The ARIN IPv4 free pool continues to decline while the transfer market is heating up and IPv6 penetration continues at a glacial pace. In the meantime RIPE’s draft policy that would open up the ARIN market to interRIR transfers with Europe is in its final phase.
IANA distributed another round of recovered IPv4 numbers on March 2, and ARIN received a /13. The ARIN pool continues its steady decline -- with fewer than 4.5M numbers remaining for allocation. Depletion of ARIN’s free pool is estimated for mid-June. It is unlikely that big block allocations will last that long, however. There are now 3 /12s available for allocation and the largest block size available is a /11. Notwithstanding the decline, ARIN continues to allocate large blocks although none have exceeded a /13 so far this year.
The ARIN transfer market is heating up. Fewer than 5M IPv4 numbers were transferred between private parties in 2014. In Q1 of 2015 alone, more than 11M numbers have been transferred. The largest ARIN to APNIC inter-RIR transfer occurred in March when an Alibaba group subsidiary in China registered nearly 1 million numbers from address space held previously by Nortel.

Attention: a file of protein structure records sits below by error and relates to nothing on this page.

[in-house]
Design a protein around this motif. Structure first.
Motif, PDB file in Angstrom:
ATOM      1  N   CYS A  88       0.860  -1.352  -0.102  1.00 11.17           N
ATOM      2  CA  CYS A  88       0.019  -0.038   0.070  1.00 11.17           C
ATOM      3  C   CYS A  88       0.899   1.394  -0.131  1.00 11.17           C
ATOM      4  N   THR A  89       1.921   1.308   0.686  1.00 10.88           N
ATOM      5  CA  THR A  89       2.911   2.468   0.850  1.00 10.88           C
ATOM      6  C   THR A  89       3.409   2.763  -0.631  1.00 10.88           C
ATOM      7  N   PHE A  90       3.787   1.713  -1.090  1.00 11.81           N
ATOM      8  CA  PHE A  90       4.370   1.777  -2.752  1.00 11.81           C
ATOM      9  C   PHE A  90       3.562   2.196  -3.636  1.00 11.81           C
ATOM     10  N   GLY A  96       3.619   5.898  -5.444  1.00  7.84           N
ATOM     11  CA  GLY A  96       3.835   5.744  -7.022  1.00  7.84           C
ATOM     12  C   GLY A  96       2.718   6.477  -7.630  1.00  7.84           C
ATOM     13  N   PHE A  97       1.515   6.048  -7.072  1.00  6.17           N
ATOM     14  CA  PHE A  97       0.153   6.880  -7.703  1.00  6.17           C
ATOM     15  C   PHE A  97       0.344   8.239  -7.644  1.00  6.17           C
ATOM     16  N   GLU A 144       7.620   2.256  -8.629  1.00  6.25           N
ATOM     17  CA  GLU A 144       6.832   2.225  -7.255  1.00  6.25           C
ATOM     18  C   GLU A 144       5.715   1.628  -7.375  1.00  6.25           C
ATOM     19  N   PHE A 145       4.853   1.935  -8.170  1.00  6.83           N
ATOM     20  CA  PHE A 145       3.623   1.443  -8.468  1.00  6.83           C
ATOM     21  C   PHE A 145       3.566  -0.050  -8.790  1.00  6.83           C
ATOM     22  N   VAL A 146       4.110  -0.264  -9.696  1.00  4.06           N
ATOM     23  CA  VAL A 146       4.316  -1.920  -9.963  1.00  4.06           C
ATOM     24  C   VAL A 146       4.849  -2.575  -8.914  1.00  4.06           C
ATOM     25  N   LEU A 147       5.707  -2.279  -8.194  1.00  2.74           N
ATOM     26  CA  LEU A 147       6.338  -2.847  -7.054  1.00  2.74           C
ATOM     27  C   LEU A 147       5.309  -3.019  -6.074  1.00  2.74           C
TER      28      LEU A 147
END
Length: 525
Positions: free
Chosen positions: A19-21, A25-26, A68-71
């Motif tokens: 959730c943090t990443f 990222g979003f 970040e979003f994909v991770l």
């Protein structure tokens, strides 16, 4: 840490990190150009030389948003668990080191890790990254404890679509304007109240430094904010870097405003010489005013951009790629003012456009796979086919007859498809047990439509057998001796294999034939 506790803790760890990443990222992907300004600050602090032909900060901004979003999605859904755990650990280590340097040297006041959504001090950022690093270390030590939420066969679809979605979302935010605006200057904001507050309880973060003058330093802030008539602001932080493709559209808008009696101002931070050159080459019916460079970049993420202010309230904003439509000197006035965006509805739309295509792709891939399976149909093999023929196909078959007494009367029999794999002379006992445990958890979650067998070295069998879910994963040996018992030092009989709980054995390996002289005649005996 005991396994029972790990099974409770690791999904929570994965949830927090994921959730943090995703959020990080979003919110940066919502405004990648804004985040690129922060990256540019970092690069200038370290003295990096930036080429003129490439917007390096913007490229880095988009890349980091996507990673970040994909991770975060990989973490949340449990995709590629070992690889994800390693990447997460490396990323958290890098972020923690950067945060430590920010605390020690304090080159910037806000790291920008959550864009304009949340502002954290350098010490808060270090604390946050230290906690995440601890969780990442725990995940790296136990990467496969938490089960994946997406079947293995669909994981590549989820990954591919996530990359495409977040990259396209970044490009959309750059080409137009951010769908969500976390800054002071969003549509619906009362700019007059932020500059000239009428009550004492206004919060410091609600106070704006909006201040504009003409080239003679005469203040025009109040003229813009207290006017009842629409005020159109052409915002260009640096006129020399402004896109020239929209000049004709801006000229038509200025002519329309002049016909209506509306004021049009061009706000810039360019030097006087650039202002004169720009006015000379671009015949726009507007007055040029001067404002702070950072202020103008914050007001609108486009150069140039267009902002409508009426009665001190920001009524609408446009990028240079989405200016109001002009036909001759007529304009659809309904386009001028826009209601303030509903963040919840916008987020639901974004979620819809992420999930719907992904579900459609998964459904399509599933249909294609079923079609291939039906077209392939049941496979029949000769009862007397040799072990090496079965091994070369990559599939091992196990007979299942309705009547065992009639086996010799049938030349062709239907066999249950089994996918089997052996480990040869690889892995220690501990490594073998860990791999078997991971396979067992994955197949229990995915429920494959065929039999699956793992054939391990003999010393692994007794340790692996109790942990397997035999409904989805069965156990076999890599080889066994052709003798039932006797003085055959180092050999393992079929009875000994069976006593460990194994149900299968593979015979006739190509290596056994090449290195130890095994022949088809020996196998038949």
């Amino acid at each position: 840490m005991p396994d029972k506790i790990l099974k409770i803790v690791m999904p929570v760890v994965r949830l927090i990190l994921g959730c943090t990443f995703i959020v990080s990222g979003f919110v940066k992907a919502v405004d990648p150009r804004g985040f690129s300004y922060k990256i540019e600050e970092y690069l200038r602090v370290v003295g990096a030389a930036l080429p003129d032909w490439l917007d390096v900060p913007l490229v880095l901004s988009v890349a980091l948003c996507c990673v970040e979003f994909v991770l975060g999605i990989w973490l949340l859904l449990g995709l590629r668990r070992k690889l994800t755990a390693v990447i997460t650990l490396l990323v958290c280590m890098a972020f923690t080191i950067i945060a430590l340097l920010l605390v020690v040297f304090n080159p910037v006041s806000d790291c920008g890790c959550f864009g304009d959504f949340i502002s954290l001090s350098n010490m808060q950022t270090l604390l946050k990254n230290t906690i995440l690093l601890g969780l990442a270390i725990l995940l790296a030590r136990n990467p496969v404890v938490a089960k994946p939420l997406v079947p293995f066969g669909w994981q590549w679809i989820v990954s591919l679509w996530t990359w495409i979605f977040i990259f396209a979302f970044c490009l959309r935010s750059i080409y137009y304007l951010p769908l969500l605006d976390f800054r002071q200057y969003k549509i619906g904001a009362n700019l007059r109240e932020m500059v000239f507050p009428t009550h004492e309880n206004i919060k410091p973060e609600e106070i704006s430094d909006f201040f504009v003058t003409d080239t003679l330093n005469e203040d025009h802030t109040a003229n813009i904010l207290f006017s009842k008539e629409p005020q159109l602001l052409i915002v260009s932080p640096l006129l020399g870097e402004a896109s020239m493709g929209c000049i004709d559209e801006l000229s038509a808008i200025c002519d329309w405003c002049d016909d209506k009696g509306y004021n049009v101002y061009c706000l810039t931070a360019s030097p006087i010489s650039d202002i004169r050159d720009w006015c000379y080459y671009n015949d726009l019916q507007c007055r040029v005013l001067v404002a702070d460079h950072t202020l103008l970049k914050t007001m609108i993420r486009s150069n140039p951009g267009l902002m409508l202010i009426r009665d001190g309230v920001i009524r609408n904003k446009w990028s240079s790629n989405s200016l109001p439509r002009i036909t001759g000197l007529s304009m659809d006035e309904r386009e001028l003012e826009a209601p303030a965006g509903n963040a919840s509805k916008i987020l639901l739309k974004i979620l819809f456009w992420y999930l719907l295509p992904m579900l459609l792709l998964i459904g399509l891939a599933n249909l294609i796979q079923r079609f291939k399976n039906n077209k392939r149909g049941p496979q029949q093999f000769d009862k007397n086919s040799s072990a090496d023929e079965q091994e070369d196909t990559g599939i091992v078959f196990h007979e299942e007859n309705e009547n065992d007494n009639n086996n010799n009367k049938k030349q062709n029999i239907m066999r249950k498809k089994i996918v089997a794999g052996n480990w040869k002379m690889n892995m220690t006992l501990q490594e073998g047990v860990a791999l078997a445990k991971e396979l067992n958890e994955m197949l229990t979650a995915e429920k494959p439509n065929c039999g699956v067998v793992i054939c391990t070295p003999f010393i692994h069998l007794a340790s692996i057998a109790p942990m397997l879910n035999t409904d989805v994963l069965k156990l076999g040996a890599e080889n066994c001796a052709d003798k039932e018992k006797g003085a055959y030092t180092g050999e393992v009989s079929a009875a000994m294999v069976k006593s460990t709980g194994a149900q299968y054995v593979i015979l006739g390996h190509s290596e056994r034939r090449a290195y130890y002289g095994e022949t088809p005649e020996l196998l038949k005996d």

IPv6 penetration continues to hover around 5-6%. There has been virtually no change in the number of big websites reachable over v6 over the last 6 months. This month, the IPv6 connectivity for several large companies (e.g., Comcast, Cisco, Deutsche Telecom) dropped substantially.
The RIPE transfer market remains active – both the number of transactions and quantity of numbers transferred exceeds transaction volumes at this time last year.
A RIPE policy that would allow interRIR transfers between RIPE and ARIN, and between RIPE and APNIC reached the end of the last call stage on April 3. We are monitoring the policy proposal closely. If adopted, the global IPv4 market would be impacted significantly. The excess supply in North American could be sold to meet the pent up demand in Europe and the Middle East.
In the news, Telstra ran out of IPv4 numbers, Akamai issued its Q4 2014 “State of the Internet” report and the extinction of IPv4 is reported to be a long way off. Articles on these and other stories can be found on the Avenue4 resources page.